Skinny Culture on the Skids…Teens Risk More Than Being Overweight Going Under the Knife


North Ryde, NSW -- (SBWIRE) -- 10/02/2012 -- More teens are being coached by parents and physicians into risky bariatric surgeries to lose weight. This raises serious questions on ethics and culture.

In a controversial post the Sydney Morning Herald published an article with the headline “Obese teens urged to consider lap band surgery.” In the article a study was conducted among two groups of 25 teens; one group was assigned to lap band surgery and the other to an individualised diet and exercise programme.

Citing statistics, proponents of lap band surgery noted at the end of the study four teens receiving only individualised diet and exercise were still at risk for weight related problems. In contrast, researchers claim those receiving the surgery were not.

However, only 18 of the 25 teens on the individualised diet and exercise plans completed the two year study. Additionally, patients who received the surgery also received individualised diet and exercise plans.

Not surprisingly the study, published in the Journal of the American Medical Association, was sponsored by Professor Paul O'Brien who pioneered use of the lap band procedure in Australia, and Allergan, a manufacturer of gastric bands.

Typically bariatric surgery is considered a last resort but is becoming all too common with hundreds of teens throughout Australia going under the knife; not so readily published, however, are failure rates.

According to a study published in PubMed, a division of the US National Library of Medicine - National Institutes of Health:

“With a nearly 40% 5-year failure rate, and a 43% 7-year success rate (EWL >50%), LGB should no longer be considered as the procedure of choice for obesity.”

Furthermore, success with bariatric surgery is largely dependent on making lifestyle changes to include sensible eating, exercise, and nutritional supplements.

According to Annual Reviews a non-profit scientific publisher, Annual Review of Nutrition Vol. 21: 323-341, “Successful long-term weight loss maintainers (average weight loss of 30 kg for an average of 5.5 years) share common behavioural strategies, including eating a diet low in fat, frequent self-monitoring of body weight and food intake, and high levels of regular physical activity.”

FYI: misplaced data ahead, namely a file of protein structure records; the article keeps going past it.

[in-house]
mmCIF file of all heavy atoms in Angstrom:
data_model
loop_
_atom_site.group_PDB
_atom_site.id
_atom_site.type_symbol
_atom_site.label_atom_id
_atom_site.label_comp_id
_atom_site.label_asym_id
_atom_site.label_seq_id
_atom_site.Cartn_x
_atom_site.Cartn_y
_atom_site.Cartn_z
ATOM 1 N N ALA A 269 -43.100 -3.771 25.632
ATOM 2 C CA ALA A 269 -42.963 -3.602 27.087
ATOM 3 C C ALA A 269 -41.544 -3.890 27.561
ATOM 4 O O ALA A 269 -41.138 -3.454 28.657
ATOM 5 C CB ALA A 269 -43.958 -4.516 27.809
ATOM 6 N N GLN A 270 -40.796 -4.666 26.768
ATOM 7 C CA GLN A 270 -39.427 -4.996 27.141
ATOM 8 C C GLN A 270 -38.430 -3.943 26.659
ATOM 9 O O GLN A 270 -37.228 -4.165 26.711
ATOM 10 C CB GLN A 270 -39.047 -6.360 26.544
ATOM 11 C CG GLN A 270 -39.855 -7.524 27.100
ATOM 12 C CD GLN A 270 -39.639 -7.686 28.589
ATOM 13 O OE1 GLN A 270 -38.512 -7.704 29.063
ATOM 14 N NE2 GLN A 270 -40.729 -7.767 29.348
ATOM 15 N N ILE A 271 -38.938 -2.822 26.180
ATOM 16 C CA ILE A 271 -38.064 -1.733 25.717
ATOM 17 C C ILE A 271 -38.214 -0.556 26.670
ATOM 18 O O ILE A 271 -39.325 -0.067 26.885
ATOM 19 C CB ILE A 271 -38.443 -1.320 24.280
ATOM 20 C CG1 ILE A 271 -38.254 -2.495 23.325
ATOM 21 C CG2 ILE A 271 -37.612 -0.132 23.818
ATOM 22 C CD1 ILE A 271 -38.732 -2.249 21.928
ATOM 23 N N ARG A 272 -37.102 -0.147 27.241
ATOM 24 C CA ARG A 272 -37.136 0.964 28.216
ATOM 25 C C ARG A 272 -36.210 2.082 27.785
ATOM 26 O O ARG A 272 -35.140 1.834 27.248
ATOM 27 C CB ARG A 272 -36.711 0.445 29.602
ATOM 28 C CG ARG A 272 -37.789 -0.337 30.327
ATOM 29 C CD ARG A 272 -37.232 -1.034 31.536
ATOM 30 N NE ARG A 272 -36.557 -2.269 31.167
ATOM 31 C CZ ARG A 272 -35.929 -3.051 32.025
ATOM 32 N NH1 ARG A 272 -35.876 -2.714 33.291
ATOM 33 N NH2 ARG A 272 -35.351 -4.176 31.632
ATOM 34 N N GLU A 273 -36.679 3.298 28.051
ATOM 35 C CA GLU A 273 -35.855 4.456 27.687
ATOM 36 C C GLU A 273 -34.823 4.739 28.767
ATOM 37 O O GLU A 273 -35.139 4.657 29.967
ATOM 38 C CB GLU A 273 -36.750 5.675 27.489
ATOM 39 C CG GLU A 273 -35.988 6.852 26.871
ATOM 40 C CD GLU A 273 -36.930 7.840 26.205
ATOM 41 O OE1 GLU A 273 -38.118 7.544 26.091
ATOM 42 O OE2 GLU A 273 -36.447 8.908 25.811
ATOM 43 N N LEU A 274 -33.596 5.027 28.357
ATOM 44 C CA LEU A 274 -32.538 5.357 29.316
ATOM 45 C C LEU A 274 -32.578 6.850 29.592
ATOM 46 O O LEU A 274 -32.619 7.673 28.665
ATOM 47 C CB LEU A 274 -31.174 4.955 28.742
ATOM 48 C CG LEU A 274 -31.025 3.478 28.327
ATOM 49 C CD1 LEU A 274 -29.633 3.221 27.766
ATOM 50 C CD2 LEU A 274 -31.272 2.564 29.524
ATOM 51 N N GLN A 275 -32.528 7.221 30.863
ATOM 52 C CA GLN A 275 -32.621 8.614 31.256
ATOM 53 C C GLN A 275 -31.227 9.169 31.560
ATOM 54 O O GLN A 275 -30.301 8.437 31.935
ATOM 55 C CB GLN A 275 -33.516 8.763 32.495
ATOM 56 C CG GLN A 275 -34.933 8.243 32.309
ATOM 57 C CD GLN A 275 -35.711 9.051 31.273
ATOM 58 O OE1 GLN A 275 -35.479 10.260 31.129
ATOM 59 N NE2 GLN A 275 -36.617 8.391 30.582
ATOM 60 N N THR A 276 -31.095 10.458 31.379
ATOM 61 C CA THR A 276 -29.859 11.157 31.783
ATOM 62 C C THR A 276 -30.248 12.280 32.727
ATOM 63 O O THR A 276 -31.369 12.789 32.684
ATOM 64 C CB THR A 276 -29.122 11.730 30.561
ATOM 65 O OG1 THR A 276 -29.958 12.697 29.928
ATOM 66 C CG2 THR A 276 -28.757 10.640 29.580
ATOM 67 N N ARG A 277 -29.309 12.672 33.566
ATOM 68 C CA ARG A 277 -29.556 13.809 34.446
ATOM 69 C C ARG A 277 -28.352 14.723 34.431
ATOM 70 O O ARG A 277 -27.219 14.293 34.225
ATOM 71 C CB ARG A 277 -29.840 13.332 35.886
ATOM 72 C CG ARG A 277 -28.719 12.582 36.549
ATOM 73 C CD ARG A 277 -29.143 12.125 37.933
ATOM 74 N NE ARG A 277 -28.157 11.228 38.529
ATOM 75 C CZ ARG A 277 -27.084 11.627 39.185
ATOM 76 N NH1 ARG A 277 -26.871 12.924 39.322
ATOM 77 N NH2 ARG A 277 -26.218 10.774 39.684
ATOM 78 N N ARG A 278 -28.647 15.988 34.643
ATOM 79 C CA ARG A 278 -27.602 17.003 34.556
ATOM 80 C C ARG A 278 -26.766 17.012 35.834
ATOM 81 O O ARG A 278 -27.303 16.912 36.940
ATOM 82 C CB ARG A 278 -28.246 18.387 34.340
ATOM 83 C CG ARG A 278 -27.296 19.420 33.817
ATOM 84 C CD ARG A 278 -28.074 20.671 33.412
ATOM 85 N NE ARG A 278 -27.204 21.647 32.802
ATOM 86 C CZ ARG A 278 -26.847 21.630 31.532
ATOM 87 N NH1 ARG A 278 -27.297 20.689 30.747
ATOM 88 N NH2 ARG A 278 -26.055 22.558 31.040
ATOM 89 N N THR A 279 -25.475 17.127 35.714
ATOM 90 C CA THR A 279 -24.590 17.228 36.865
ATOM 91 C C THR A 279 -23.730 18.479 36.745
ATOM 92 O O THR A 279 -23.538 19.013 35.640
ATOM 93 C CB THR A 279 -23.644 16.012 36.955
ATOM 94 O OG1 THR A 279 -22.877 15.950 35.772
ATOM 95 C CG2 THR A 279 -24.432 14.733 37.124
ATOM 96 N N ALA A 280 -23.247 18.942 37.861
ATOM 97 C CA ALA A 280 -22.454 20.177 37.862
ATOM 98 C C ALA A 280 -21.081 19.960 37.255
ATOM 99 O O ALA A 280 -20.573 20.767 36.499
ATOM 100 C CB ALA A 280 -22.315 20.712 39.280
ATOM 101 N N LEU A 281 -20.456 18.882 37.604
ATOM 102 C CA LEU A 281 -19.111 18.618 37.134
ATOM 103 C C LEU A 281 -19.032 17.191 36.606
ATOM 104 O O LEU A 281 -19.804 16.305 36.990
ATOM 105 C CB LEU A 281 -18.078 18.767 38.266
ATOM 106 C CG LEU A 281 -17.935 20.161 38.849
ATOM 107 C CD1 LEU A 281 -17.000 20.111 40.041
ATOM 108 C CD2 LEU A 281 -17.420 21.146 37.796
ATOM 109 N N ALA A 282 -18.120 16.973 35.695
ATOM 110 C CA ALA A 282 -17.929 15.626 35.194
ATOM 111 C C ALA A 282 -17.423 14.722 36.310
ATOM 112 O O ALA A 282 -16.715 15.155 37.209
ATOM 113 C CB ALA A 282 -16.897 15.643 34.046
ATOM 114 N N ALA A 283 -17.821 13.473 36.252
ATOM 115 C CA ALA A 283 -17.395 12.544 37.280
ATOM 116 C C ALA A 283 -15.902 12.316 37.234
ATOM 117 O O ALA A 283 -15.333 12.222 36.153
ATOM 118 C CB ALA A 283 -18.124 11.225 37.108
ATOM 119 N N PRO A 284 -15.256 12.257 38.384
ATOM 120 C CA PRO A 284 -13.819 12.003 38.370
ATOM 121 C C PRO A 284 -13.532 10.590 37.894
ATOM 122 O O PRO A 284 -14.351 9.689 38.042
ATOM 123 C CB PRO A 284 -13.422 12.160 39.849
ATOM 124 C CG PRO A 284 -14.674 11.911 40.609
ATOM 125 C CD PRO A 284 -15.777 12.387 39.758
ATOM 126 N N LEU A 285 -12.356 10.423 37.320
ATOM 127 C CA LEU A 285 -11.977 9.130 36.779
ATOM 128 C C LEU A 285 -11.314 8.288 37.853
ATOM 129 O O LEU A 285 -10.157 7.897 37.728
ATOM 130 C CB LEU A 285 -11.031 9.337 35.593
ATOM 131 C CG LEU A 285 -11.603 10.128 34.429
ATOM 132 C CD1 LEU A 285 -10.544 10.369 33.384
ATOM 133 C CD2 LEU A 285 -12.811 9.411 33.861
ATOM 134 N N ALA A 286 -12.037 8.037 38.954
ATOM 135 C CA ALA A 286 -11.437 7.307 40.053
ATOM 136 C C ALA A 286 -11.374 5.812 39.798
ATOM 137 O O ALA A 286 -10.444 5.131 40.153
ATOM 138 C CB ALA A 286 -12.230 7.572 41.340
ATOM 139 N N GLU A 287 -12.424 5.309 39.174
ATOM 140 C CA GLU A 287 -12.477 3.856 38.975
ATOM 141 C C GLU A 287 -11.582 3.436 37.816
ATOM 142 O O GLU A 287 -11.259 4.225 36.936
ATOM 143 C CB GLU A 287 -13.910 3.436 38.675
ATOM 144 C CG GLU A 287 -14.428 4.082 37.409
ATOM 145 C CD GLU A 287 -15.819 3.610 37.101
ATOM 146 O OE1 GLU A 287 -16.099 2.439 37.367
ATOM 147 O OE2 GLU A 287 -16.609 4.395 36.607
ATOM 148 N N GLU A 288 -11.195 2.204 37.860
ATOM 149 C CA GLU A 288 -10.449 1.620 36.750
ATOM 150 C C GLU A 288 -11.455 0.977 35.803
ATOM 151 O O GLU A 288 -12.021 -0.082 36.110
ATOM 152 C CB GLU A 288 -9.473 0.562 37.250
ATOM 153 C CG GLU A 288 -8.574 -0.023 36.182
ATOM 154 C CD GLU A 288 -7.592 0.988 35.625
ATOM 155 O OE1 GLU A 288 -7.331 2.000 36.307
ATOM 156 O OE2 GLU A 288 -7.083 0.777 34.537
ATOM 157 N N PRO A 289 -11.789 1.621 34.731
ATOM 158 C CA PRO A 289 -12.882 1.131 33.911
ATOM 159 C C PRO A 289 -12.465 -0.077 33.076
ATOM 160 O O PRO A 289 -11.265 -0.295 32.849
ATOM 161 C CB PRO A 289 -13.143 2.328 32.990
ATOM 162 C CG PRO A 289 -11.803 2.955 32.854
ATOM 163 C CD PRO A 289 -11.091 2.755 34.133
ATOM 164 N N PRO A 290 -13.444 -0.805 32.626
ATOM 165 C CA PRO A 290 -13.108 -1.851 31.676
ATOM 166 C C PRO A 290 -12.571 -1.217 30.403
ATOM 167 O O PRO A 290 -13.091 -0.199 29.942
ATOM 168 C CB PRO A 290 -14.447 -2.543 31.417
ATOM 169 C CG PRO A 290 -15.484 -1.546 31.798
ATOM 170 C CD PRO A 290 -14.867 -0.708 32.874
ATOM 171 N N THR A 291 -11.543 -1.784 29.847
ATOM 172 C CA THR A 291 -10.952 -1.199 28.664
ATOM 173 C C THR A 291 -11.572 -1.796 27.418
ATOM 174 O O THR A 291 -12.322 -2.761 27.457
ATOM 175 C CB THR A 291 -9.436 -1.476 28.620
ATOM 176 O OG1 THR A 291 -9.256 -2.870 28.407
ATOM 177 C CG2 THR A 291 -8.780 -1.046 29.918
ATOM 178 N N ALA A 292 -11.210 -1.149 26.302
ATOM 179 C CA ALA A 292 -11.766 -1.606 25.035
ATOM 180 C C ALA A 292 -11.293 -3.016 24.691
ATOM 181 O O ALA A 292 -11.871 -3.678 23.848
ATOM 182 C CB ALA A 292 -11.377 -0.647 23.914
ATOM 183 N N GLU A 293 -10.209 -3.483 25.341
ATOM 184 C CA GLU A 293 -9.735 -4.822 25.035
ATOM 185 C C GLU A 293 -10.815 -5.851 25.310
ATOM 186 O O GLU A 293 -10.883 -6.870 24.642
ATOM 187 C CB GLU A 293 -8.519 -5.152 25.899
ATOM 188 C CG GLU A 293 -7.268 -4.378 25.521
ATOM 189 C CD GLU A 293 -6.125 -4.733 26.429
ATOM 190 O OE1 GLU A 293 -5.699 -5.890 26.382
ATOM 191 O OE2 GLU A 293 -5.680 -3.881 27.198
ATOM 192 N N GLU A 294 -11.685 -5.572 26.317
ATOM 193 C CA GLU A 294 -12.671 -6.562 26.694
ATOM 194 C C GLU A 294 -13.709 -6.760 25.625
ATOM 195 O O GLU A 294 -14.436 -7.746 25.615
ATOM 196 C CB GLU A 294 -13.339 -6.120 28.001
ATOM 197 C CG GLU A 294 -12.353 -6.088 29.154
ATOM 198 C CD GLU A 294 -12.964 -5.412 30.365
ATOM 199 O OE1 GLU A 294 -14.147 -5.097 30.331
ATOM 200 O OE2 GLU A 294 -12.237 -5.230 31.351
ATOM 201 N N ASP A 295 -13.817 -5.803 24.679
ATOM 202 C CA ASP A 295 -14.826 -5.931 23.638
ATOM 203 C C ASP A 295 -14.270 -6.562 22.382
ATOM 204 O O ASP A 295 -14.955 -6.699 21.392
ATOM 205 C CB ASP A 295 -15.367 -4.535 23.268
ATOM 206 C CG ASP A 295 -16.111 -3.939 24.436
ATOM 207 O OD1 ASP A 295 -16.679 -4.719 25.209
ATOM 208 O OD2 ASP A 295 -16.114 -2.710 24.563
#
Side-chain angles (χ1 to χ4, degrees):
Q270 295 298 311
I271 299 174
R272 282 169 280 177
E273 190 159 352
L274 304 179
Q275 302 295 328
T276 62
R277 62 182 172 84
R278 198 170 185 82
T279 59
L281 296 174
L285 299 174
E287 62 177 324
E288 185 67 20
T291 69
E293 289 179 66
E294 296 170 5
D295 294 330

Another study published in the International Journal of Obesity and Related Metabolic Disorders 18 (2): 105–9 found, “During 20 weeks of basic military training with no dietary restriction, obese military recruits lost 12.5 kg”.

Despite solid evidence for exercise and nutrition as the most effective tools for weight management, we increasingly live in a “right now” world of quick fixes and instant gratification. Teens are especially sensitive to weight issues. However, they often lack the knowledge, tools, or guidance to make the shift towards maintaining healthy habits.

Many looking to speed weight loss have turned to diet pills. While diet pills are no panacea for weight loss, several studies suggest concentrated herbal extracts can aid weight reduction.

A double blind study published in Physiology and Behavior involving 60 obese subjects found that over 12 weeks subjects taking green tea extract lost an average of 3.3 kilograms over those not taking the tea.

Other substances such as chromium picolinate and cayenne have shown promise in speeding up metabolism and augmenting natural weight loss.

One popular weight loss supplement – Liproxenol – has gained a lot of attention lately in weight loss forums. According to the manufacturer, JW Labs, Liproxenol combines optimal amounts of seven natural compounds to produce a synergistic effect which the company claims multiplies weight lost from diet and exercise up to 27 percent.

Jeffrey Wilson, chief medical advisor at JW Labs said, “The discovery of these compounds is certainly exciting and provides much hope for overweight individuals.”

Like surgery, supplements may not be the answer for everyone but the costs of failing a weight loss program based on diet, exercise and nutritional supplements are much lower than bariatric surgery.

In an investigative report by California newspaper the Fresno Bee, deaths from gastric bypass are one in 200, or nearly twice the rate of other major operations.

According to Jennifer Mann, an eating disorder specialist in Los Angeles, who has treated several clients who have had gastric bypass surgery, said,"Gastric bypass is a permanent prison; in a sense, in a sense you are choosing to make your stomach a different size. And while it is possible to go back, it is very rare and very risky. This is permanent."

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